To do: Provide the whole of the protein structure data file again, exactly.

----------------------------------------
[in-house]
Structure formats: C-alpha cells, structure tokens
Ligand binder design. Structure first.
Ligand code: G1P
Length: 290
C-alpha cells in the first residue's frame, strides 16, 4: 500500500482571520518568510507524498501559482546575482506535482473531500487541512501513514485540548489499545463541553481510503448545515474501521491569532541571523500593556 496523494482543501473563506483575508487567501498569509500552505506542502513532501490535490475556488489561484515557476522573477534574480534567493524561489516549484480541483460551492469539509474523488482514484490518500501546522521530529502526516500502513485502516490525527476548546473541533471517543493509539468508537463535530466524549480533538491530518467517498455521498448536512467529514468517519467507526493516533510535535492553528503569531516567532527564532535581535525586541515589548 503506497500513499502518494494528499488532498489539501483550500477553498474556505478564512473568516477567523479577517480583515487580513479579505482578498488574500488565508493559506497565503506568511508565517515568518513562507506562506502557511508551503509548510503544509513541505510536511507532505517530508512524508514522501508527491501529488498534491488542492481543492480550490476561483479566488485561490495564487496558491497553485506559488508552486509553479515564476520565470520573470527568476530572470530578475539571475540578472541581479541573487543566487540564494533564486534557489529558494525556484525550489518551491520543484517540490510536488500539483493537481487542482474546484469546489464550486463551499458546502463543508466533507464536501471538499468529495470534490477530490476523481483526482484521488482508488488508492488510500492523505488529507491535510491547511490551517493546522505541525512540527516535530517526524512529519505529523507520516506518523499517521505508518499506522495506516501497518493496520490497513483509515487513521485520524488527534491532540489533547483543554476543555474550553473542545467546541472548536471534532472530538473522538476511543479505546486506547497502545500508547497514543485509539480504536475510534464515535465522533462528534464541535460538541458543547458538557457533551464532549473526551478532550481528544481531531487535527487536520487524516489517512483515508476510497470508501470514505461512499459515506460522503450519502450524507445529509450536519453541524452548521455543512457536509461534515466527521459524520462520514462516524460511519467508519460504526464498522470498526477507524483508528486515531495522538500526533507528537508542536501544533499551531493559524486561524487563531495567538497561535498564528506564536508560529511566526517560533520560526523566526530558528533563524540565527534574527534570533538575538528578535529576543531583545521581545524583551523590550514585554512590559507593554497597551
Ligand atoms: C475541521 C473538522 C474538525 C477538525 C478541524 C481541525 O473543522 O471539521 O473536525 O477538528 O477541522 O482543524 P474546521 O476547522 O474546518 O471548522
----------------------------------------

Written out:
[in-house]
Structure formats: C-alpha cells, structure tokens
Ligand binder design. Structure first.
Ligand code: G1P
Length: 290
C-alpha cells in the first residue's frame, strides 16, 4: 500500500482571520518568510507524498501559482546575482506535482473531500487541512501513514485540548489499545463541553481510503448545515474501521491569532541571523500593556 496523494482543501473563506483575508487567501498569509500552505506542502513532501490535490475556488489561484515557476522573477534574480534567493524561489516549484480541483460551492469539509474523488482514484490518500501546522521530529502526516500502513485502516490525527476548546473541533471517543493509539468508537463535530466524549480533538491530518467517498455521498448536512467529514468517519467507526493516533510535535492553528503569531516567532527564532535581535525586541515589548 503506497500513499502518494494528499488532498489539501483550500477553498474556505478564512473568516477567523479577517480583515487580513479579505482578498488574500488565508493559506497565503506568511508565517515568518513562507506562506502557511508551503509548510503544509513541505510536511507532505517530508512524508514522501508527491501529488498534491488542492481543492480550490476561483479566488485561490495564487496558491497553485506559488508552486509553479515564476520565470520573470527568476530572470530578475539571475540578472541581479541573487543566487540564494533564486534557489529558494525556484525550489518551491520543484517540490510536488500539483493537481487542482474546484469546489464550486463551499458546502463543508466533507464536501471538499468529495470534490477530490476523481483526482484521488482508488488508492488510500492523505488529507491535510491547511490551517493546522505541525512540527516535530517526524512529519505529523507520516506518523499517521505508518499506522495506516501497518493496520490497513483509515487513521485520524488527534491532540489533547483543554476543555474550553473542545467546541472548536471534532472530538473522538476511543479505546486506547497502545500508547497514543485509539480504536475510534464515535465522533462528534464541535460538541458543547458538557457533551464532549473526551478532550481528544481531531487535527487536520487524516489517512483515508476510497470508501470514505461512499459515506460522503450519502450524507445529509450536519453541524452548521455543512457536509461534515466527521459524520462520514462516524460511519467508519460504526464498522470498526477507524483508528486515531495522538500526533507528537508542536501544533499551531493559524486561524487563531495567538497561535498564528506564536508560529511566526517560533520560526523566526530558528533563524540565527534574527534570533538575538528578535529576543531583545521581545524583551523590550514585554512590559507593554497597551
Ligand atoms: C475541521 C473538522 C474538525 C477538525 C478541524 C481541525 O473543522 O471539521 O473536525 O477538528 O477541522 O482543524 P474546521 O476547522 O474546518 O471548522